(By Caroline Adwar – a rising Poetess, an English and Music Teacher in Kenya. She started writing poetry while in high school and she is a fanatic of old English poetry writing traditional style, rhyme, repetition, alliteration and assonance. She is currently experimenting African free verse and her poetry will soon be published in Kenya, Zimbabwe and other International platforms. Caroline is a Bachelor of Education Arts (English and Music) from the Kenyatta University in Kenya)





When I see you I will stop you, for your child is my child



Burning Trails to Trafficking

Am I the consequence of poverty

or perhaps a prank gone too far?

A plaything to appease a sick mind;

5 thousand rand for a mothers blossoming burden,

where drugs speak louder than love.

Sex, Sex, Sex…..

I am locked away

banished to hell.

Trafficked, branded, blow-torched then led to a fold in the hills,

like roaches in a darkened hole,




maybe years?

A flame to my face

has sealed my fate.

I no longer fight, and my attempts at flight

becomes a whimsical notion

killed by a burn.

How I miss the golden shores of the Cape.

What language is that I hear –

Where am I,

Nigeria, Bangladesh, Pakistan?

I live in a cage,

I breathe air and see the sky

only at night.

I am lost



I am the dead breathing



Set alight and survived.

Perhaps hope will someday

deliver me from this hell

of a charred face displayed

behind a glass cage.

A high priced collectors item.

Laugh you foolhardy Pharisees.

You brood of vipers

who amuse yourselves

with my plight –

you who cackle as I fight

for just a moments respite;

a moment to breathe with ease.

My pores implore you leave

me to confront the demon

that has torched me like a crispy, creepy roach for life;


My value rises, just as you wanted.

I hope you are happy now

with your drugs in the dunes.

I am the circus clown –

The face every man wants.


Oh perverted one,

you twisted rich mogul you!

the damned who

sits upon my melted face

and violates the remnants

of who I once was.

My sticky, slimy seedy slave-master.

Your taste of sweat and old sex will partner me to my grave.

The smell of a rich man’s cigar is the witch that haunts my every dying moment.

STOP your roving callous paws!

Laugh you coward;

face my burnt face.

Look deeply into my beautiful innocence;

Into the youthful eyes that shrivels beneath your exploring manhood.

My life is lost.

I own it not.

I am dying –

this heart that pumps

Is not in me

I am gone


I am a pulse,


Can you hear me –

Can you save me from

My face

My fate

will this hollow in the ground

be my grave?


what have you done!

do you sleep well beside

your drugs in the dunes;

I hope you are warm and happy

beside the peddler

who sells little girls for you.



can you hear me?

save me please

from my face,

from my fate,

from my mother.



Sex trafficking of women and girls is amongst the most prevalent and profitable types of human trafficking. Evidence suggests that sex trafficking is especially high in India, Pakistan and Bangladesh where diverse types of burning are also prevalent especially among young females. The aim of the present short communication is to emphasize that among many health issues affecting trafficked women in such countries, burns may also be prevalent among these victims.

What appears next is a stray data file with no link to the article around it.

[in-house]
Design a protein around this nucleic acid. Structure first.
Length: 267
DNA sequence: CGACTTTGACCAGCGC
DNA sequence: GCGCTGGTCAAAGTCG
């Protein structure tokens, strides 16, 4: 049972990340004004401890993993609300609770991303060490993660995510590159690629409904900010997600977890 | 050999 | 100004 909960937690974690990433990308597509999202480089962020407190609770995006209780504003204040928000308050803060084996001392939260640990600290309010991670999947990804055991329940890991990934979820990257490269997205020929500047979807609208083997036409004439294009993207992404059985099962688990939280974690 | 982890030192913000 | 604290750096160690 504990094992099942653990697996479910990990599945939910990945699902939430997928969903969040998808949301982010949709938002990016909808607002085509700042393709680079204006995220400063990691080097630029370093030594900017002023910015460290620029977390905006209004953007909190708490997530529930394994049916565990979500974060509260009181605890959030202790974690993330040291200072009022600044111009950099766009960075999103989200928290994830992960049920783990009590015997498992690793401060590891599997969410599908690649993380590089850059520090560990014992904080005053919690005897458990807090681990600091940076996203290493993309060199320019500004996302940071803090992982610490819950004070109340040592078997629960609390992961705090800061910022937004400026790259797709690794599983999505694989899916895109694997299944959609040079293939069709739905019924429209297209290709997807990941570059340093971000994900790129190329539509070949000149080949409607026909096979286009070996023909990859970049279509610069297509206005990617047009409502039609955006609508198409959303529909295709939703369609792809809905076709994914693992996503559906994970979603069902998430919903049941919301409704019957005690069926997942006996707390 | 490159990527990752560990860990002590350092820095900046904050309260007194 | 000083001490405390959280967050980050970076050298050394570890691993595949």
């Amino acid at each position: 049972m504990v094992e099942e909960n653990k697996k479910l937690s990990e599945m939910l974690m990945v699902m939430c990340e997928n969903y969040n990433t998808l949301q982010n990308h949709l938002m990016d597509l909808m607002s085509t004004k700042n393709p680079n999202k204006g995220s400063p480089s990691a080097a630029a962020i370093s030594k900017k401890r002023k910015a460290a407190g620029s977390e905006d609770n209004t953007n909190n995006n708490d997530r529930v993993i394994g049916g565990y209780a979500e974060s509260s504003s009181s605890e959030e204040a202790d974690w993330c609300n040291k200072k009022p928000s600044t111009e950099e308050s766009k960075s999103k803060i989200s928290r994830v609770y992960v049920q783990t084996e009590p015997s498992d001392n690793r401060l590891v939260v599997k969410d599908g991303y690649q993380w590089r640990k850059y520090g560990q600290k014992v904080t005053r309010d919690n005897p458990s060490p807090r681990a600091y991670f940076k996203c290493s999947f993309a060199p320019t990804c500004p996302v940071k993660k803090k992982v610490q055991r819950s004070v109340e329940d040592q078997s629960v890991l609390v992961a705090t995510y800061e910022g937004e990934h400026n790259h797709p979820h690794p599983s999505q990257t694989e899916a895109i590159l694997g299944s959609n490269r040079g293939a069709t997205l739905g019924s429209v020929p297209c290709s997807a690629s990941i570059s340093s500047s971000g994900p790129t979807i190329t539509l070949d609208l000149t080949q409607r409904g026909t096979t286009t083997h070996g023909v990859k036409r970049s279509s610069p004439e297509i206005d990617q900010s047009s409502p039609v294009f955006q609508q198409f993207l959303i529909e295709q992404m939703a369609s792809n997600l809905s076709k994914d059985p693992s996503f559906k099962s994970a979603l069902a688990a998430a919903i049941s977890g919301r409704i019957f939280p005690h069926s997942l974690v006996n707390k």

Ref: science direct – volume 43 (Burns in trafficking)



(By Beulah Kay aka Jambiya Kai – an emotive writer who weaves the tragedy and victory of the human experience into a tapestry of memorable imagery and metaphor? She speaks with honesty on the spiritual and social challenges of our time. Jambiya’s works are a must read for those accustomed to the jaded perfunctory cleverness of modern wordsmiths)








I don’t know why I like the people who hate me

I don’t know why I don’t remember the sweetest

Moments in my life, but instead recall the worst

Memories that force me to rain the clouds on my

Cheeks and swallow the clouds within my soul

Life is a treasure that I cannot believe that I have

The keys of my happiness but I betrayed instead

Of protecting it against the ones who don’t respect,

Judge me with an evil eye and speak harshly with

Words that put me down their own cigarette ashes

I always knock on the doors of unwelcome friends

Nobody wants to see me even from the window and

Wipe my tears and hear my aches for a few minutes

My shadow hides the sunshine from my back who is

Walking the wind, talking to God, and finding the moon

When the stars go blue, I want to go fully darkness

To hide my feelings away from the angels of the bible

The loser in me stands alone by the autumn branches

And the winner stands weeping and preparing myself

To pull the trigger straight to bed of my real weakness

The book of jokes has been the untold stories about